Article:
We are pleased to finally bring you 🥁🥁🥁 FRESH LOCAL King Salmon! They call it “King” for a reason. It is the best of the best…there are 5 different species of North Pacific native salmon (ready…GO! Can you list all 5?) King is considered the best due to its high fat content which = yummy goodness. The fat brings the health benefits, creamy texture, amazing melt-in-your-mouth flavor. (FYI – King/Chinook, Coho/Silver, Sockeye, Pink, and Chum) (pop quiz later…)
So, what’s up with the local salmon season anyways? Well, glad you asked…
As you may recall, just four years ago we saw a collapse in the salmon population which shut down California’s commercial salmon fisheries. The season was open (if you could even call it that) briefly but with severe restrictions last year. Some say this year we may see the prized Kings perform an amazing comeback.
We’ve been approved the longest commercial salmon fishing season in eight years thanks to huge numbers of the King salmon populations from the Klamath and Sacramento rivers – CA’s top spawning grounds. This year’s local commercial salmon fishing season began May 1 and will run through Sept. 30 with a few breaks. We’ll do what we can to get it to our farmers’ markets and CSS throughout the season whether caught by Hans or one of our local day boats.
Reportedly, there are 1.65 million adult King salmon in the ocean this year from the Klamath River near the Oregon border, nearly three times higher than any previous estimate since 1985! Much of this has been attributed the favorable ocean conditions and the wet winters of 2009-2011. Deep, surging rivers enable more young salmon to survive during their journey to the ocean, where they then get to feast on an abundance of plankton that’s been churned to the surface by the coastal upwelling.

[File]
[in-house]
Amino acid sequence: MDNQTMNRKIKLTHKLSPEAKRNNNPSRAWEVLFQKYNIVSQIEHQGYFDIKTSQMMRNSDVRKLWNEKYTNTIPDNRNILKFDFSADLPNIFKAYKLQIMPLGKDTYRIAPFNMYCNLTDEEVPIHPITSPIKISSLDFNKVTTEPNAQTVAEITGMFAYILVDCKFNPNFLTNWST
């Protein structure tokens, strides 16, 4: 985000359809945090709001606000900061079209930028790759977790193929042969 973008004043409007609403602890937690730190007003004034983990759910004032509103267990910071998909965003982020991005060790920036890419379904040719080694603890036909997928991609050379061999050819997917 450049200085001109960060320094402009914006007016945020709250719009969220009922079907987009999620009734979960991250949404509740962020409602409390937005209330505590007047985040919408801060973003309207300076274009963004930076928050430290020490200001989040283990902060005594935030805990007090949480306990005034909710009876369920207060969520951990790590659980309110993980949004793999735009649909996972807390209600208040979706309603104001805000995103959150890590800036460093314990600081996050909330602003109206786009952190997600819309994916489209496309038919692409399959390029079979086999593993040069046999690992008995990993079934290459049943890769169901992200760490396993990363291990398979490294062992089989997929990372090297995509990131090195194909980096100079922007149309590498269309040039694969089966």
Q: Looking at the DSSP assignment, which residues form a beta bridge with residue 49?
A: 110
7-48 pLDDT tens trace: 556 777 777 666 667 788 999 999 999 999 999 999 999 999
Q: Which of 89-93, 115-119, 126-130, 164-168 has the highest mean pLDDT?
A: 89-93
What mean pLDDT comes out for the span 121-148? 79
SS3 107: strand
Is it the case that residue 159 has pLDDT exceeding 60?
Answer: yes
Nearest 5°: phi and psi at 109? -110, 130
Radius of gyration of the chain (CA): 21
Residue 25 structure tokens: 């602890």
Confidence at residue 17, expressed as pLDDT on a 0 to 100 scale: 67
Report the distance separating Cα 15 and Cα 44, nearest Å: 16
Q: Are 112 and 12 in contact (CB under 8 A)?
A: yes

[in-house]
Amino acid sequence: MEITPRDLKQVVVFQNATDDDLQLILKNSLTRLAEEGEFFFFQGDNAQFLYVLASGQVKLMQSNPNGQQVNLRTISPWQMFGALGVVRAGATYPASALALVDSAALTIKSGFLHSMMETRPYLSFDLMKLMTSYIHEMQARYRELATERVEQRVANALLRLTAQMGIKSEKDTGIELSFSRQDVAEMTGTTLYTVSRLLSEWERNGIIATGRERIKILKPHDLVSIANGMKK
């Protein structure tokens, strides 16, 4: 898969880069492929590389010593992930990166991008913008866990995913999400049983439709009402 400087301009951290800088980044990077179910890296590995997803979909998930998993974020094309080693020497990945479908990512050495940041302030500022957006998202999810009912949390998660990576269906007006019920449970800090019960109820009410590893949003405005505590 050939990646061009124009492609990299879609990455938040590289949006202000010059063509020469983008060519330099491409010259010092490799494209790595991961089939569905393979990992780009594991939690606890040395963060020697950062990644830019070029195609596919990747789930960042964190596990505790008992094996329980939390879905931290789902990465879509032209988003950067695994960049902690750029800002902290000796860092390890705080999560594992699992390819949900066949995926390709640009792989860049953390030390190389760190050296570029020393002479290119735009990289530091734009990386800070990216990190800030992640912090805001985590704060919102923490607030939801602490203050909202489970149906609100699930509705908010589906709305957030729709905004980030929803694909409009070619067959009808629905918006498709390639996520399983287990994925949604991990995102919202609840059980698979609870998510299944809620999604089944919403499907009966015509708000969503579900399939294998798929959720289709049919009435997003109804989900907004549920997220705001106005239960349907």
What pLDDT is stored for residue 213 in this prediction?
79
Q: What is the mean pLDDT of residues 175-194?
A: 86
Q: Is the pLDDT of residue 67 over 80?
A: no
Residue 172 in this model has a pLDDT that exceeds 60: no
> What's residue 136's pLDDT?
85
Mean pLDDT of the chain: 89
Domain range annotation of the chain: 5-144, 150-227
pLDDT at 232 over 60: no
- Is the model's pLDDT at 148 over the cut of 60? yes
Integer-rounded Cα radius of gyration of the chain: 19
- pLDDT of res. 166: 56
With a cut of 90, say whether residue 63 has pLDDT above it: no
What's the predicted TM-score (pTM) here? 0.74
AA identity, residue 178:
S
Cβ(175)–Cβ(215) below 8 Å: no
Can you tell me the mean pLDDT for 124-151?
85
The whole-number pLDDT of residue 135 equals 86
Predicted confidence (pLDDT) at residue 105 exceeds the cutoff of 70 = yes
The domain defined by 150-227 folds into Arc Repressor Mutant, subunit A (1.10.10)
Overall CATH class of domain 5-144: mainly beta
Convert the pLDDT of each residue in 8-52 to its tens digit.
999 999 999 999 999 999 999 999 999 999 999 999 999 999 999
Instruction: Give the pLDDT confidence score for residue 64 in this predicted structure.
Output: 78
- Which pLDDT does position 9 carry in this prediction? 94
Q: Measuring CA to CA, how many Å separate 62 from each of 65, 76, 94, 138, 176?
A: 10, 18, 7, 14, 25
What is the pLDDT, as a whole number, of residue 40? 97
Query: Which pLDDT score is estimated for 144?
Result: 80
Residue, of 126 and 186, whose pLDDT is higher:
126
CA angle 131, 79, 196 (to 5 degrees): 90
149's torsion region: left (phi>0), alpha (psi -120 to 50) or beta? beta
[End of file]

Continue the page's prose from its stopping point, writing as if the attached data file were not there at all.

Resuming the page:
This all still brings no guarantees… King salmon populations are on a cycle that can (and has) fluctuate(d) by man-made problems such as pollution from agricultural runoff (as seen in the Sacramento-San Joaquin River Delta,) loss of stream and wetland habitat, and the diversion of water for farming. It has been said that we’ll see salmon suffer for as long as the political battle over California’s water rages.
As far as health––ever try to do a Google search on “the health benefits of eating salmon?” It’s a joke. Pages go on and on. I tried to look up a little something that maybe we hadn’t all heard before but all the information out there is baffling. So let’s stick with the basics… we all know about that magic ‘ingredient’ found in salmon , fish oil that is high in Omega-3s. This fatty acid is not found in other foods. Found in fish, polyunsaturated fatty acid EPA (eicosapentaenoic acid) and DHA (docosahexaenoic acid), helps the heart and clogged arteries. Salmon, in particular, is loaded with Omega-3s and the American Heart Association has recommended people eat it at least twice per week. You might also try Sardines and Black Cod to kick up the omegas in your diet. But did you know the health benefits associated with Omega-3s found salmon provide a great source of easily digested protein? The benefits are tremendous for kids, athletes, pregnant and nursing women, and those who are recovering from illnesses. The DHA found in wild King salmon enhances the development of fetal and young brains as well as infant nervous systems. Did you know that eating wild Salmon provides your body with at least 50% of the vitamin D your body needs in a given day? It’s no joke and the claims are backed up by the American Heart Association, U.S. Food and Drug Administration, and World Health Organization. The FDA even permits a claim to be posted on Wild Salmon labeling: “Supportive but not conclusive research shows that consumption of EPA and DHA omega-3 fatty acids may reduce the risk of coronary heart disease. One serving of Wild King Salmon provides 1.7 grams of EPA and DHA omega-3 fatty acids.” That’s some king stuff!